I knew I should be paying attention, but I was still a little on edge from the conversation we hadn’t been able to finish. I had dealt with pretty much everything while working at this camp, but clearly this was something Linda thought was outside of my expertise if she was so nervous about it. What was it about this Macy Donovan that had Linda dropping her list as she prepared to read out the cabin assignments?
“You good, Beck?” Gabby asked as the rest of the counselors scattered to the edges of the field so the girls could start gathering.
I hardly knew, but I nodded and put on my best smile. “Always,” I said then broke into a run until I reached my designated spot to wait for my girls.
I knew I wasn’t supposed to play favorites, but I couldn’t help but grin as my cabin assembled around me. Linda had been especially kind this year, and as girls like Julia Chambers and Brielle Beau gathered, I started planning out the rest of the summer. Each and every one of these girls was adventurous and energetic. Most of them were older as well, ranging from ten to thirteen, which meant we wouldn’t have any activity restrictions like Annabeth across the field, who had what looked like three first graders clinging to her legs as their nerves got the better of them. Based on the fact that Willow and Brielle were talking a million miles a minute about how great the summer was going to be, our cabin was going to be amazing.
Then Macy showed up. I knew her immediately because I didn’t recognize her, but there were also hints of a wealthy upbringing surrounding her, like her penny loafers and the way she shrunk away from a fly buzzing past as if it might attack. She was probably eight or nine, so a little younger than the rest of my girls, but I didn’t doubt the rest of the cabin would welcome her with open arms. With this crop of campers, I wasn’t worried about anyone being excluded.
As if brought on the breeze, trepidation filled my stomach with a churning that wasn’t going to go away easily. Linda never divided the girls like this. I had never had such an easy group. I stared at Macy for a second, trying to figure out what about her was going to cause me problems, but she looked like an average rich girl trying not to look scared as she clung to the backpack that weighed down her shoulders.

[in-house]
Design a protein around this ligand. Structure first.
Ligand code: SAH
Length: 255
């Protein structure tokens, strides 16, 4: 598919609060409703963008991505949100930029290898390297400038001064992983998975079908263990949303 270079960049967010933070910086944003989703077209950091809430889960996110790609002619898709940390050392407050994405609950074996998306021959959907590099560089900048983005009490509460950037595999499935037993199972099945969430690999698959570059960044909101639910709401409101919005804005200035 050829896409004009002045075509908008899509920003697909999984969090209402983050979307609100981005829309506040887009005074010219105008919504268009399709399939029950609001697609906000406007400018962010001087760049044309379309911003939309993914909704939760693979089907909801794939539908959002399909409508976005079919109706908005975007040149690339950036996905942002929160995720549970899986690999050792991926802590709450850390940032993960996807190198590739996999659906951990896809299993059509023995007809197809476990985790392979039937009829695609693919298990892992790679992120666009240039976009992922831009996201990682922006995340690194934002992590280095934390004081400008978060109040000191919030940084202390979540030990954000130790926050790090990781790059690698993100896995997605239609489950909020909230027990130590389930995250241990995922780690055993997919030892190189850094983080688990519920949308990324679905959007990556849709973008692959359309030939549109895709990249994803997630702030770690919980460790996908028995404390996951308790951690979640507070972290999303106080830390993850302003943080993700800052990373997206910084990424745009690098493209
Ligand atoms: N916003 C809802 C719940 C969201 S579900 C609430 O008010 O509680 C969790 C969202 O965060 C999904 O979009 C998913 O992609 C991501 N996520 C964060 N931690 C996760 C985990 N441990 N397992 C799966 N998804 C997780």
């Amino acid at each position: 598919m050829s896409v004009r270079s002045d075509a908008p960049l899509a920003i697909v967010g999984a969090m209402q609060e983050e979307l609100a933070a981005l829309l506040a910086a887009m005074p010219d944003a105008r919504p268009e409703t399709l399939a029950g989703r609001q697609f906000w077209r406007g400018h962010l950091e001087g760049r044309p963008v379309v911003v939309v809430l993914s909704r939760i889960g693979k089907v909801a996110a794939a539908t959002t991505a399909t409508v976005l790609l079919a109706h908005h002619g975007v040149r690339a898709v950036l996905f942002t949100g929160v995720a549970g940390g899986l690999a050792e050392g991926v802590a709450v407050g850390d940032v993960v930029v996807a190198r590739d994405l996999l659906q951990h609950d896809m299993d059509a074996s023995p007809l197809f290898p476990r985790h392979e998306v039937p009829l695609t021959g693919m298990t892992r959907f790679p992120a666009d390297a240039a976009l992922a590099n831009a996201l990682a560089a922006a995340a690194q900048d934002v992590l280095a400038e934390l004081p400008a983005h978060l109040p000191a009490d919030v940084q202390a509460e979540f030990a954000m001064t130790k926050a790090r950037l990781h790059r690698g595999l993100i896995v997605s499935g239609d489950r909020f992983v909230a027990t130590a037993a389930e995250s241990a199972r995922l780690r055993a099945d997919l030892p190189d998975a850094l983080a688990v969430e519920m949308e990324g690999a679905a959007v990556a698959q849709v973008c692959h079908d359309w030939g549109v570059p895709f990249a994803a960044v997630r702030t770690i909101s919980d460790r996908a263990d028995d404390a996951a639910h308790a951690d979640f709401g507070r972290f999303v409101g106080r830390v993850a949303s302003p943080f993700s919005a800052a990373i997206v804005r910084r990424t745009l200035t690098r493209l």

Glancing out over the chaotic field then counting my girls—eight, as it should be—I took a deep breath and pushed my nerves down before they showed on my face. If something was going to go wrong, there was no point stressing myself out about it until I had all the info.
“Okay, ladies,” I said, putting on my biggest smile. Immediately, I had the attention of seven girls. Macy stared at her feet. “Who’s ready to make Cabin Three the best cabin this camp has ever seen?”
The shrieks that answered my question were loud enough to make a bird fly out of the bushes by the mess hall. I saw Gabby glance my way, and a second later, her own girls had a scream to match, followed by Sofie’s and Chelsea’s, each one louder than the last as our competition began.
“I’m sorry,” I said. “I’m not sure I heard you. Who’s the best cabin here?”
“Cabin Two!” came the response.
On and on until the whole camp was alive with energy. Exactly how it should be.
Just before I was about to lead the girls off to our cabin, a wave from the flagpole caught my eye. Linda gestured me over, looking flustered. Man, she was really starting to cramp my style.
“Hey Julia,” I said quickly, “lead the way, will you? I’ll be right behind you.”
Julia stood straight and proud, her grin infectious. “Aye aye, Captain!” she said with a flourished salute. “This way to Cabin Three, you scalawags!” And she marched off, a trail of girls following close behind.
I watched Macy Donovan for just a moment as she took up the rear, but only a few seconds after the march began, Kristy Kane took her by the arm and started chatting with her as they went.
Linda had gone into the rec room, which meant she was probably in her office. As girls around me said their last goodbyes to parents and hurried off after their counselors, I slipped across the field and hurried inside, determined to make this chat last as short a time as possible so I didn’t miss too much of the start of summer bonding between my girls. It was one of my favorite parts of the year!
I started talking before I stepped through Linda’s door, deciding I had best remind her how much I loved the first day of camp. “You really need to stop killing my buzz, Linda, or I swear I will toss you into the lake and—”
Linda coughed her very important cough, killing my threat immediately, and then she nodded her head to the chair in the corner behind me.
I was almost too afraid to look. The last time we’d had someone in that chair, it had been a police officer here to tell us there was a fugitive on the loose in the nearby forest. It was the bad news chair and always complicated things. The fact that someone sat in that chair on the very first day of camp had to be a bad omen.